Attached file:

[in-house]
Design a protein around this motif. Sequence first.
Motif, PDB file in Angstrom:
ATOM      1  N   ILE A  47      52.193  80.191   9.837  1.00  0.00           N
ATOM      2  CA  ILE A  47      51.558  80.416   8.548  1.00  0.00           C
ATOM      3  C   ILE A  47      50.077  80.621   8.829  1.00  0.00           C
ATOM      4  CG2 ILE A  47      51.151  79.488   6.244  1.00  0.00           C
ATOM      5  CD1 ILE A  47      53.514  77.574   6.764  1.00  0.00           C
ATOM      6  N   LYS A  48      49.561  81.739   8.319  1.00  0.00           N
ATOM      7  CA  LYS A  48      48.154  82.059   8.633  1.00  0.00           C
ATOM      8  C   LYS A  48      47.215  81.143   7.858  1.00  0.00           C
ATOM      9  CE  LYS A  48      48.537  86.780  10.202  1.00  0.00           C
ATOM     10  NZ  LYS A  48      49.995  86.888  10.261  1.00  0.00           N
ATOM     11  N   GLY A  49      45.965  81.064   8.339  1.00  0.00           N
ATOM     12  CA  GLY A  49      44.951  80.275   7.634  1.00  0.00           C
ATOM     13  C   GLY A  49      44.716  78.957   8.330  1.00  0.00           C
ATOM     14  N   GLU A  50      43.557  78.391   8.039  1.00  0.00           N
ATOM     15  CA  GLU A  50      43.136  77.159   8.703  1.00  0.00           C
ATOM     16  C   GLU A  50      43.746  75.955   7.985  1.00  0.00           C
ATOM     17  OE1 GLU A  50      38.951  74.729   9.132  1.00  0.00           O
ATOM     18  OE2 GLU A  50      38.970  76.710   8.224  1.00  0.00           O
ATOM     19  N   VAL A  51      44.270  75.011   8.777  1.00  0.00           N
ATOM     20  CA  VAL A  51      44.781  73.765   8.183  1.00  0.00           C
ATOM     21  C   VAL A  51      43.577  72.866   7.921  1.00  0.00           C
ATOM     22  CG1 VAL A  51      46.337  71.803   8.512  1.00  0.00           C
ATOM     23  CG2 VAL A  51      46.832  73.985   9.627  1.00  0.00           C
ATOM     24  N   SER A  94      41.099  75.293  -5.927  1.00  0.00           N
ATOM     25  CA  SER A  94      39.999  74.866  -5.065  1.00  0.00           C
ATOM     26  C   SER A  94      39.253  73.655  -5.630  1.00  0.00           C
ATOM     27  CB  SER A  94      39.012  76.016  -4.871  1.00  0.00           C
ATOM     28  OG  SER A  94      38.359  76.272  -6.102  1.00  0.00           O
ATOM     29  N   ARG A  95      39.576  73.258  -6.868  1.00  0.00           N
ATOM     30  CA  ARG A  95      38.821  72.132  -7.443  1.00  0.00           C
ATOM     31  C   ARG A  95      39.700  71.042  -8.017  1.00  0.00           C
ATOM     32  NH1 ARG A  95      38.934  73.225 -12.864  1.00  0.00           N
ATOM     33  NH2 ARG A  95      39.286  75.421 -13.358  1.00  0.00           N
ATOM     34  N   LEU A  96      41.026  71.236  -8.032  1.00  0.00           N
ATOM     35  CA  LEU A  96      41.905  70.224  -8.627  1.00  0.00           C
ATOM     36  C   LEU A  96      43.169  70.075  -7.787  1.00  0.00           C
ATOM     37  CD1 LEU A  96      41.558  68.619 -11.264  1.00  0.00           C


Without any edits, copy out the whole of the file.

[in-house]
Design a protein around this motif. Sequence first.
Motif, PDB file in Angstrom:
ATOM      1  N   ILE A  47      52.193  80.191   9.837  1.00  0.00           N
ATOM      2  CA  ILE A  47      51.558  80.416   8.548  1.00  0.00           C
ATOM      3  C   ILE A  47      50.077  80.621   8.829  1.00  0.00           C
ATOM      4  CG2 ILE A  47      51.151  79.488   6.244  1.00  0.00           C
ATOM      5  CD1 ILE A  47      53.514  77.574   6.764  1.00  0.00           C
ATOM      6  N   LYS A  48      49.561  81.739   8.319  1.00  0.00           N
ATOM      7  CA  LYS A  48      48.154  82.059   8.633  1.00  0.00           C
ATOM      8  C   LYS A  48      47.215  81.143   7.858  1.00  0.00           C
ATOM      9  CE  LYS A  48      48.537  86.780  10.202  1.00  0.00           C
ATOM     10  NZ  LYS A  48      49.995  86.888  10.261  1.00  0.00           N
ATOM     11  N   GLY A  49      45.965  81.064   8.339  1.00  0.00           N
ATOM     12  CA  GLY A  49      44.951  80.275   7.634  1.00  0.00           C
ATOM     13  C   GLY A  49      44.716  78.957   8.330  1.00  0.00           C
ATOM     14  N   GLU A  50      43.557  78.391   8.039  1.00  0.00           N
ATOM     15  CA  GLU A  50      43.136  77.159   8.703  1.00  0.00           C
ATOM     16  C   GLU A  50      43.746  75.955   7.985  1.00  0.00           C
ATOM     17  OE1 GLU A  50      38.951  74.729   9.132  1.00  0.00           O
ATOM     18  OE2 GLU A  50      38.970  76.710   8.224  1.00  0.00           O
ATOM     19  N   VAL A  51      44.270  75.011   8.777  1.00  0.00           N
ATOM     20  CA  VAL A  51      44.781  73.765   8.183  1.00  0.00           C
ATOM     21  C   VAL A  51      43.577  72.866   7.921  1.00  0.00           C
ATOM     22  CG1 VAL A  51      46.337  71.803   8.512  1.00  0.00           C
ATOM     23  CG2 VAL A  51      46.832  73.985   9.627  1.00  0.00           C
ATOM     24  N   SER A  94      41.099  75.293  -5.927  1.00  0.00           N
ATOM     25  CA  SER A  94      39.999  74.866  -5.065  1.00  0.00           C
ATOM     26  C   SER A  94      39.253  73.655  -5.630  1.00  0.00           C
ATOM     27  CB  SER A  94      39.012  76.016  -4.871  1.00  0.00           C
ATOM     28  OG  SER A  94      38.359  76.272  -6.102  1.00  0.00           O
ATOM     29  N   ARG A  95      39.576  73.258  -6.868  1.00  0.00           N
ATOM     30  CA  ARG A  95      38.821  72.132  -7.443  1.00  0.00           C
ATOM     31  C   ARG A  95      39.700  71.042  -8.017  1.00  0.00           C
ATOM     32  NH1 ARG A  95      38.934  73.225 -12.864  1.00  0.00           N
ATOM     33  NH2 ARG A  95      39.286  75.421 -13.358  1.00  0.00           N
ATOM     34  N   LEU A  96      41.026  71.236  -8.032  1.00  0.00           N
ATOM     35  CA  LEU A  96      41.905  70.224  -8.627  1.00  0.00           C
ATOM     36  C   LEU A  96      43.169  70.075  -7.787  1.00  0.00           C
ATOM     37  CD1 LEU A  96      41.558  68.619 -11.264  1.00  0.00           C